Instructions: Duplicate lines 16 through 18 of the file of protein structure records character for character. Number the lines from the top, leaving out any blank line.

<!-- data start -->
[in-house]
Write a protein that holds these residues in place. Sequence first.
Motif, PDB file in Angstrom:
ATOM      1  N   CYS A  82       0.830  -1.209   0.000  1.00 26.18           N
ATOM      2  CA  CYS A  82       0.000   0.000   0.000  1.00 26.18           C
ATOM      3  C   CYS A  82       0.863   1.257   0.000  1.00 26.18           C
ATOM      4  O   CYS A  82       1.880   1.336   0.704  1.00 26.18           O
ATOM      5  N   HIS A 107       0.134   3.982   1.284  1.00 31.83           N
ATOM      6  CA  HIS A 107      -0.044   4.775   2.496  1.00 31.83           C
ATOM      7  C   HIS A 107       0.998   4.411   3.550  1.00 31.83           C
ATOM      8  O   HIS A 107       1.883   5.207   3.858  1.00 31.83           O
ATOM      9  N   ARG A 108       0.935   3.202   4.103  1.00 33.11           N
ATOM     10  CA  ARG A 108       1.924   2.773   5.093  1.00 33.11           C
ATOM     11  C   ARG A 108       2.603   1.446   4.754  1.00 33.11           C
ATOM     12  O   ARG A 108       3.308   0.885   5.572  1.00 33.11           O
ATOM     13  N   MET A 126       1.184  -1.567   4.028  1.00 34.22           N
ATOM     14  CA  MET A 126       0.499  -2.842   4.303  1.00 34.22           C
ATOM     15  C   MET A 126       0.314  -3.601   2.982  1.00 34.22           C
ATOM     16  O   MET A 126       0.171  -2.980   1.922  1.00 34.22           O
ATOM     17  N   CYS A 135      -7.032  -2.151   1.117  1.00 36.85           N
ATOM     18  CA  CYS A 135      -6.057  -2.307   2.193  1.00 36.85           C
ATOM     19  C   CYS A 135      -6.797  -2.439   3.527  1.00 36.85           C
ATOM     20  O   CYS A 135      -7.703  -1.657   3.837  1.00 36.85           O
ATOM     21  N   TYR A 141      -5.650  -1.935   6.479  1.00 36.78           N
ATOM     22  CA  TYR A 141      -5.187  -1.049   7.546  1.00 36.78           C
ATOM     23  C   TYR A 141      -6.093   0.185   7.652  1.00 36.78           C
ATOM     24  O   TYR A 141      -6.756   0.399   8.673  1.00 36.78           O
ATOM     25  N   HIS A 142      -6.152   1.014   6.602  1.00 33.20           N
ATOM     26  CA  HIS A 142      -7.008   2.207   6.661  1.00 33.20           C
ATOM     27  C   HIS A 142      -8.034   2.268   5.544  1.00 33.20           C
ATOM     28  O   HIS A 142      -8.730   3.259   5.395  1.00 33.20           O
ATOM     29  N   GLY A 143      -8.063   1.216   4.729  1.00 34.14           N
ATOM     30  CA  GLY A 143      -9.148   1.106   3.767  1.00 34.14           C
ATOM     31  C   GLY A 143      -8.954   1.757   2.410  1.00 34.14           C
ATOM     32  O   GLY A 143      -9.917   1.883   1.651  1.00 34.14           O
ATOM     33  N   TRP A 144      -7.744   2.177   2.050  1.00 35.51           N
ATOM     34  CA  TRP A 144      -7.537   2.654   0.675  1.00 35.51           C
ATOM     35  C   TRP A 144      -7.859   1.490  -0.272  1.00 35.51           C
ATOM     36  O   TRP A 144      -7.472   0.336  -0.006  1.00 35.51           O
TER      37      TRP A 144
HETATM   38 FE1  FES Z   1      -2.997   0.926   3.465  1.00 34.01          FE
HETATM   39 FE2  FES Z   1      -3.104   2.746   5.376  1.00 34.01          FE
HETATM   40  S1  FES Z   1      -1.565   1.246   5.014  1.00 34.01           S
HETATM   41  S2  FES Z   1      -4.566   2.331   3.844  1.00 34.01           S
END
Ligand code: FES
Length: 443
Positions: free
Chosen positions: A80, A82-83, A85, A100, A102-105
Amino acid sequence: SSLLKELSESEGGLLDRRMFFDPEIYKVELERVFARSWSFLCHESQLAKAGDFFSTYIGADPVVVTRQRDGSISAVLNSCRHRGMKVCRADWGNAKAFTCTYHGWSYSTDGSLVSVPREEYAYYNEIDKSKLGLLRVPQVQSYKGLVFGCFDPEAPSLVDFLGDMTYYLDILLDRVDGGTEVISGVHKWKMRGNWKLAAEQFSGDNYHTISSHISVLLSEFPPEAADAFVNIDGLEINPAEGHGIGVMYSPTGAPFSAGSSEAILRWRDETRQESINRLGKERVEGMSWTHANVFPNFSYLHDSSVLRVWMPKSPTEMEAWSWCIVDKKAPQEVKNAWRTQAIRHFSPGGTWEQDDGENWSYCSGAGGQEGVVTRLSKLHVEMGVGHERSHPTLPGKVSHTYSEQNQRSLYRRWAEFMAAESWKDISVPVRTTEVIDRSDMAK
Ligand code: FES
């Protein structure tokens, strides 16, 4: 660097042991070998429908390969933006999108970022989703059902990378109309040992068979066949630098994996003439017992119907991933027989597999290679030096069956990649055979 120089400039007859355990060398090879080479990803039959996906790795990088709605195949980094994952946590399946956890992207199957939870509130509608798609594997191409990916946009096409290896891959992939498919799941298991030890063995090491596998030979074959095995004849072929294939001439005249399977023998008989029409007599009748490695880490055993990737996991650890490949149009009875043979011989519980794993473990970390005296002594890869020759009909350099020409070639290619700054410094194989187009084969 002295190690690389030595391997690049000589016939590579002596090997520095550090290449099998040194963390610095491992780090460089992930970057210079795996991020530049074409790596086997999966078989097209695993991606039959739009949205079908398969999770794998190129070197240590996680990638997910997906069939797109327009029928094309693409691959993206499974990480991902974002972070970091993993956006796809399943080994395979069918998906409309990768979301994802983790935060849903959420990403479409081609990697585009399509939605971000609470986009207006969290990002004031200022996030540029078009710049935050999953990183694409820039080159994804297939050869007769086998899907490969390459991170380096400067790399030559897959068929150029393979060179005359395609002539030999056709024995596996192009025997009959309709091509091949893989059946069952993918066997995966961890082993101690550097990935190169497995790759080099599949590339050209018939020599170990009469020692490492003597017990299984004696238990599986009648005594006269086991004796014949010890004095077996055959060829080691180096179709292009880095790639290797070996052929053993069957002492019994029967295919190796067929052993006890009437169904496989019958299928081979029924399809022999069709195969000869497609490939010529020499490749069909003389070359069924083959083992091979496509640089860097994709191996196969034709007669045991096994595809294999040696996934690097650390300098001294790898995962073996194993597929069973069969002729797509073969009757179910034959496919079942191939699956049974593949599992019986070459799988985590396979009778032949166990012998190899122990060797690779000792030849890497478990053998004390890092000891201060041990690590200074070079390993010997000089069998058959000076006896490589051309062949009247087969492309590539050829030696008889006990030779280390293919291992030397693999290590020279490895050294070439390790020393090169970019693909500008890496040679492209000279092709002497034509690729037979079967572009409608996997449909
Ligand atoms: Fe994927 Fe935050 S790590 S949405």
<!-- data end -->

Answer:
ATOM     13  N   MET A 126       1.184  -1.567   4.028  1.00 34.22           N
ATOM     14  CA  MET A 126       0.499  -2.842   4.303  1.00 34.22           C
ATOM     15  C   MET A 126       0.314  -3.601   2.982  1.00 34.22           C